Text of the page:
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U.S. Government Cannot Challenge a Limitation Proceeding Without First Filing a Proof of Claim

November 25, 2013


Even if a U.S. Claim is Not Subject to Limitation

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A party who does not first file a claim in response to a petition for exoneration from a limitation of maritime liability has no standing to contest the petition, according to the Eighth Circuit Court of Appeals.

The owner of a towboat that lost four barges on the Mississippi River, causing extensive damage to a lock and dam, filed a petition for exoneration or limitation of liability and notified the federal government of its action. The government did not file a proof of claim or answer as required by the rules, but instead appeared in the proceeding and filed a motion to dismiss. It argued that its claims were not subject to limitation under the Rivers and Harbors Act.

Rule F(5) of the Supplemental Rules for Admiralty provides that anyone wishing to contest a vessel owner’s right to limitation must file a proof of claim and an answer. The district court dismissed the action, finding that the federal government’s claim was not subject to the Limitation Act, and there were no other claimants.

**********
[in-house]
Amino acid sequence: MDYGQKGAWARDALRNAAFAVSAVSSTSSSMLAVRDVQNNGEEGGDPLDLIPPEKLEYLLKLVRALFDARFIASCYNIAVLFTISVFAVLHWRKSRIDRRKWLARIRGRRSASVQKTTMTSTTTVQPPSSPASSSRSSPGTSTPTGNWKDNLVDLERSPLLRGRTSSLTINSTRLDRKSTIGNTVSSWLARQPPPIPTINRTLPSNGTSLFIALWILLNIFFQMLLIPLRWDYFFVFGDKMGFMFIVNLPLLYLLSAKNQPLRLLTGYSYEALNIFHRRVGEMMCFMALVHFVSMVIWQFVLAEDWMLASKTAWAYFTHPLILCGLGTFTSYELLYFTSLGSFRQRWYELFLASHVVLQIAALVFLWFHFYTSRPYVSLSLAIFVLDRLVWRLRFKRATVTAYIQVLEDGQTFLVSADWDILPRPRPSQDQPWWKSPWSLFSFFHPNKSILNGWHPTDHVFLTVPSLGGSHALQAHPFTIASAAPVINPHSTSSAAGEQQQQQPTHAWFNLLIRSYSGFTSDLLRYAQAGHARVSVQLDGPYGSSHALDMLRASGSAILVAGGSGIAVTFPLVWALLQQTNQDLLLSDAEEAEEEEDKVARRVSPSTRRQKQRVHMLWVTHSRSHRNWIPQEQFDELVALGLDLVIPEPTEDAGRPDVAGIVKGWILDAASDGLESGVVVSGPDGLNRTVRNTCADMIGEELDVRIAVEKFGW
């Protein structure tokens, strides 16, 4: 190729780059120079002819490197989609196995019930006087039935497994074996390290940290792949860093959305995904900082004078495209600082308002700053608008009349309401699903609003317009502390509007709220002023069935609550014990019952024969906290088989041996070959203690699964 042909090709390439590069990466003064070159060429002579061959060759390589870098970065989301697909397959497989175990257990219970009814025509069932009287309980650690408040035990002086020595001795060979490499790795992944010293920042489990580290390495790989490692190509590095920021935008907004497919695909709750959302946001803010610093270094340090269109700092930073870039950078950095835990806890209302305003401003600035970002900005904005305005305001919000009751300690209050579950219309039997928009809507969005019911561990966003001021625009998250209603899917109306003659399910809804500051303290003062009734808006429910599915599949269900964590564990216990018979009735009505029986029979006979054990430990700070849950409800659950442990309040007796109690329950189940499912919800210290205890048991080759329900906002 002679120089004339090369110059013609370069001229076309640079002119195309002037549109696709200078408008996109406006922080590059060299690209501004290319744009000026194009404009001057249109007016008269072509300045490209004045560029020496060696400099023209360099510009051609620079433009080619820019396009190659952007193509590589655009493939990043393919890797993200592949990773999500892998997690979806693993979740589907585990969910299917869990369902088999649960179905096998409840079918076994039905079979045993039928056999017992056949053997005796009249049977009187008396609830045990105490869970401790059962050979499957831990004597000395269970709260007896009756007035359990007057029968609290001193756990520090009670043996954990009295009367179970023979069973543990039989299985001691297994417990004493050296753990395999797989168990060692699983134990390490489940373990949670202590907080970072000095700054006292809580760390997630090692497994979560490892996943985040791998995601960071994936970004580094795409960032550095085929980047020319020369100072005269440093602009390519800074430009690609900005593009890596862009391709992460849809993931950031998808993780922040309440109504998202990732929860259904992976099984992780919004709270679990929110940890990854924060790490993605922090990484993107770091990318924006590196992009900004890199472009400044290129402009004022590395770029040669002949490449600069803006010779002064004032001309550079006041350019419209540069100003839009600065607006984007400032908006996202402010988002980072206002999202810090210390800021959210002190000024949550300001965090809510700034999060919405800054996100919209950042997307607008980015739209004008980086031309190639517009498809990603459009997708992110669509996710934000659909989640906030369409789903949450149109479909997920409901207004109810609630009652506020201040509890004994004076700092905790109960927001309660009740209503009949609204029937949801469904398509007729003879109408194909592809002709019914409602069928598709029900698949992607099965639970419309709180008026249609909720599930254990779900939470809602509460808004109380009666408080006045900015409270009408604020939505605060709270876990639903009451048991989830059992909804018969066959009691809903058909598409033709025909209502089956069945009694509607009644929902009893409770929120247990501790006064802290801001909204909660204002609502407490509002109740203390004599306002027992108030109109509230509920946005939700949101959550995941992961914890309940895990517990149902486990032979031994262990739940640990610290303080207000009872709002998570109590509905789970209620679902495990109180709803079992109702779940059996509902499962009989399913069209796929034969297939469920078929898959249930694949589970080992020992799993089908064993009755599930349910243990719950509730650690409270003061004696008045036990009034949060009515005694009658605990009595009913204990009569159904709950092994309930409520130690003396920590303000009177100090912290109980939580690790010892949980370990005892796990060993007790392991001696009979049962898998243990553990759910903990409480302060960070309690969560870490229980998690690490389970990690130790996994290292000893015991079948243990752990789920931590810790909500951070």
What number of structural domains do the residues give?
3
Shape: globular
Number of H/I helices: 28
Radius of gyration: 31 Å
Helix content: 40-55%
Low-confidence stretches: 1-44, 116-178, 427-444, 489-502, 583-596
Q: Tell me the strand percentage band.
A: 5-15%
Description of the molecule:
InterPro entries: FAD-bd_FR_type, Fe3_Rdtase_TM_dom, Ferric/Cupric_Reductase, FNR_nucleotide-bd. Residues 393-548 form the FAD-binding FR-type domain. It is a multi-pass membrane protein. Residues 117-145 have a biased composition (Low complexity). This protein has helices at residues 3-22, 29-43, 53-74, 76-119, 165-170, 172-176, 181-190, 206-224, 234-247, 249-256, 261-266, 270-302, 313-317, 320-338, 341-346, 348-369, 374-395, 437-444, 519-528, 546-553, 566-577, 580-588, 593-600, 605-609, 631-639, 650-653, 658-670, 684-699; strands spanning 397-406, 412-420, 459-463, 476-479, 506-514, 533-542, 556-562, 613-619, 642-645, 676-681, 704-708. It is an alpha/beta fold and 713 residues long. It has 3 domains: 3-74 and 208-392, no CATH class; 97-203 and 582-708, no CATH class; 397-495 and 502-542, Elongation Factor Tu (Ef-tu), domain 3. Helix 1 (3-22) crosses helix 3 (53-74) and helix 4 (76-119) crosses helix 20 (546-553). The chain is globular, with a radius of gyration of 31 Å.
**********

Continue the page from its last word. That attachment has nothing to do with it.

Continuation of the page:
The Eighth Circuit reversed. Assuming the government had a claim not subject to limitation under the Rivers and Harbor Act, the government did not have to appear at all in the limitation proceeding. It could prosecute its claim separately. But if the government chose to appear in the proceeding, it would have no standing to make any motion unless it first filed a claim in accordance with Rule F(5), the same as any other claimant. (American River Transportation Company v. U.S.A. Cargo of Engineers.)

This article is from Montgomery McCracken’s Fall/Winter 2013 Maritime and Transportation Newsletter.